So my etsy shop is open, with just eight things so far, hopefully more to come this week. I’m overwhelmed. You start one new thing and your focus goes totally there… everything else drops off. It happened when I started blogging, then facebook, now etsy. Etsy is a good thing, but takes so much time to photograph everything well, and to network well. And it’s only going to be a good thing if you do all these things well. I’m finding it to be like all other marketing… it all takes time… time that I never seem to have enough of!
On top of trying to get the etsy shop started last week, the making of pottery couldn’t stop. I shipped out four cremation urns in two days, that rarely happens, and it made me realize how low my stock of urns is. So I made quite a few urns last week, some are quite large… it is physically very tiring. Then there is the whole emotional aspect of making urns, I will have another whole post on that soon.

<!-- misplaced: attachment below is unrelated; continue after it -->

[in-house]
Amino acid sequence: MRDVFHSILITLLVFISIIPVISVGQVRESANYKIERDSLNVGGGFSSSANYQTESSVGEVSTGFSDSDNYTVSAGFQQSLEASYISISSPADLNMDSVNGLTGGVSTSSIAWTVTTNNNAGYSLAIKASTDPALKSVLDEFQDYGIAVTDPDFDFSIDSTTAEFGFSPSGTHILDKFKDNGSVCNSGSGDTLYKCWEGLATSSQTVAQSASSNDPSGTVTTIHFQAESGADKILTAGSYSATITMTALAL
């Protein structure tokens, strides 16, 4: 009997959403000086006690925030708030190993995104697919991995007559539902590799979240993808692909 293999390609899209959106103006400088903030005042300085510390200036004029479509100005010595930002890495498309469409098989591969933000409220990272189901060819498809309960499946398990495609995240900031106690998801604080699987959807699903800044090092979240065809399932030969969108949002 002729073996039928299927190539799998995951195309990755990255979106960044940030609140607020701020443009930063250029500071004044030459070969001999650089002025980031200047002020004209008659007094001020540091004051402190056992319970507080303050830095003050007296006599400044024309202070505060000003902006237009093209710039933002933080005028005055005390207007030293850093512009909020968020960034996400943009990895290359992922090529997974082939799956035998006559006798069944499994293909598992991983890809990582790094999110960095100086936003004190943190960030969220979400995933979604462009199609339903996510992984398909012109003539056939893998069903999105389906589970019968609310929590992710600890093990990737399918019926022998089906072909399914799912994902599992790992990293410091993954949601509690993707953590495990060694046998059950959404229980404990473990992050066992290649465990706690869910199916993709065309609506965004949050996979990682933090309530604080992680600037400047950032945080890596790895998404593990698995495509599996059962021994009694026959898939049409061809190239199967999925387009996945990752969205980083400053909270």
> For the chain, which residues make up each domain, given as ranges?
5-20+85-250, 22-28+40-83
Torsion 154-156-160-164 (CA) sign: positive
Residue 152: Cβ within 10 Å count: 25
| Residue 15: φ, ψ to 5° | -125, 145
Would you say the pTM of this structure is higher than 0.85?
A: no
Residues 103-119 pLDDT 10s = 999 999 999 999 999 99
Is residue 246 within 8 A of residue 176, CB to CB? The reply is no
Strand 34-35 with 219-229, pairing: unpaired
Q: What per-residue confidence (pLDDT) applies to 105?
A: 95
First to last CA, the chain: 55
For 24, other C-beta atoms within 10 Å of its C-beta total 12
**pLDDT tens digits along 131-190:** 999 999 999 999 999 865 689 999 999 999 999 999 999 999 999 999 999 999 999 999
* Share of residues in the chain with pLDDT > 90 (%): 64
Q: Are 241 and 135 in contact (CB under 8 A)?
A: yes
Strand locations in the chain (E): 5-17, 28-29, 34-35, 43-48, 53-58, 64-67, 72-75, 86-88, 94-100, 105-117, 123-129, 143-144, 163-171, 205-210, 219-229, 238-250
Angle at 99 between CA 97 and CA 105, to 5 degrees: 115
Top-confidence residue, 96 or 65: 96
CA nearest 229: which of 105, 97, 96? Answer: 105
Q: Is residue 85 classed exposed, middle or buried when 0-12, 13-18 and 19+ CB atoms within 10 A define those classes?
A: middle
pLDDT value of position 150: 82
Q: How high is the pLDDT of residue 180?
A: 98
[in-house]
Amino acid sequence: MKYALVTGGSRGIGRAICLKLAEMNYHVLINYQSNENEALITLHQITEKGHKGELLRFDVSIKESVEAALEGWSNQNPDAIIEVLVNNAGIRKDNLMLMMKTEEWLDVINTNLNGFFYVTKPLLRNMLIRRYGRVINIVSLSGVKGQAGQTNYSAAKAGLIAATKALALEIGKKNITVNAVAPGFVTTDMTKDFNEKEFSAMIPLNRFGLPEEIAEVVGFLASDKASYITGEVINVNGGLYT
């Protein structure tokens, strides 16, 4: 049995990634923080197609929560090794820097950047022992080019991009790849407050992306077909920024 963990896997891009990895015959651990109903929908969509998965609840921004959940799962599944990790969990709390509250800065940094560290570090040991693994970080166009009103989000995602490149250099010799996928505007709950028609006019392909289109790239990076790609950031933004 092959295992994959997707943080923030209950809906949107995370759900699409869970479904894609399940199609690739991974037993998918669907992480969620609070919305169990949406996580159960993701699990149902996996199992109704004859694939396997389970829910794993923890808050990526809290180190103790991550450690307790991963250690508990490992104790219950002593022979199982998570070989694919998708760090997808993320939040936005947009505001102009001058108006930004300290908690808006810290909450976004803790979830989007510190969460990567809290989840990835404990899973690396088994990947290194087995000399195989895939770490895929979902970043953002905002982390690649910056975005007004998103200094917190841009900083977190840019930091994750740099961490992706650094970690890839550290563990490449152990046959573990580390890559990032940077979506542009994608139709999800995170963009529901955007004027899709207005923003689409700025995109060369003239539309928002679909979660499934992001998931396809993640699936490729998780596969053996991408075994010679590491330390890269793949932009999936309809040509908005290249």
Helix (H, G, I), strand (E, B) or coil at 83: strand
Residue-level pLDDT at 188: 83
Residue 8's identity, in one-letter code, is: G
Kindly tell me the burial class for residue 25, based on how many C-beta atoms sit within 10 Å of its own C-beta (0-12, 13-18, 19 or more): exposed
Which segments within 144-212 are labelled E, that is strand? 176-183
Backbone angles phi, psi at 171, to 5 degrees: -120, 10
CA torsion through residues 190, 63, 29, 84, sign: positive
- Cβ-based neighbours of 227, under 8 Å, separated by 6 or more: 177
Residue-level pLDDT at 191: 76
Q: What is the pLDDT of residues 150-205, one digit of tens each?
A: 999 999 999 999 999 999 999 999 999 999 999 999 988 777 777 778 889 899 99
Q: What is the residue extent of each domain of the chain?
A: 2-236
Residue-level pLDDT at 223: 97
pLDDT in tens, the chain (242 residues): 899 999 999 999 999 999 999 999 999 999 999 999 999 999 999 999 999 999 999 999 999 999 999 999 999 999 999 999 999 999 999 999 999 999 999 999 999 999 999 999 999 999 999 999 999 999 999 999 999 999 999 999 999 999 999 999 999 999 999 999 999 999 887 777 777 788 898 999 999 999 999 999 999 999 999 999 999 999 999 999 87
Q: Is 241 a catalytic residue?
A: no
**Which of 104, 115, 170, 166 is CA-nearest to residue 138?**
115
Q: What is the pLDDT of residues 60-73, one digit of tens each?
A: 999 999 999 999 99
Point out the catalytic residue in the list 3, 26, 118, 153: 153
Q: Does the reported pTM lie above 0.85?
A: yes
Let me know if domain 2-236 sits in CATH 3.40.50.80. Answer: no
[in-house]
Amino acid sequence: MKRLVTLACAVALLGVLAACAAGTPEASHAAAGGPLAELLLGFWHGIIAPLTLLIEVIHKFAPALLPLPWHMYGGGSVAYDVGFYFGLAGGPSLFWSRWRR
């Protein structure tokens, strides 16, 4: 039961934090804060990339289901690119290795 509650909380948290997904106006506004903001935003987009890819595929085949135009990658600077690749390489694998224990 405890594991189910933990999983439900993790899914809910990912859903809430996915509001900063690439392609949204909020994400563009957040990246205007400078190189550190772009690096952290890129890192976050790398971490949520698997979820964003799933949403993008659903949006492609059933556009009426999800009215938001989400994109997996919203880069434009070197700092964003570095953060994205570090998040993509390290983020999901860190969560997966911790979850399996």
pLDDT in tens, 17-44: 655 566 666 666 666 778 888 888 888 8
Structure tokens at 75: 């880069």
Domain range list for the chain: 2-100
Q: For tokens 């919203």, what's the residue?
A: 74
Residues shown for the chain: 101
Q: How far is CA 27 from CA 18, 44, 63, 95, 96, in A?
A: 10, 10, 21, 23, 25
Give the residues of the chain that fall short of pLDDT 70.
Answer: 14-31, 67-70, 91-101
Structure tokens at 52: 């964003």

The last couple of posts I talked about the tall urn forms I am making, and the many steps involved. This next step is what I consider just plain boring! ( I think I need a book on CD to listen to). This is the part where I sit for hours rubbing away the clay which is not covered by the resist design. I cannot do them all in one day, I’ll go crazy. ( Maybe I should think of it as meditation instead). I take many breaks, as I have seven of these urns to complete, plus six little ones. I”ll take about a week to finish them, doing one a day, in between all my other work. Here are some photos of this part of the process. You can see the finished piece on my website.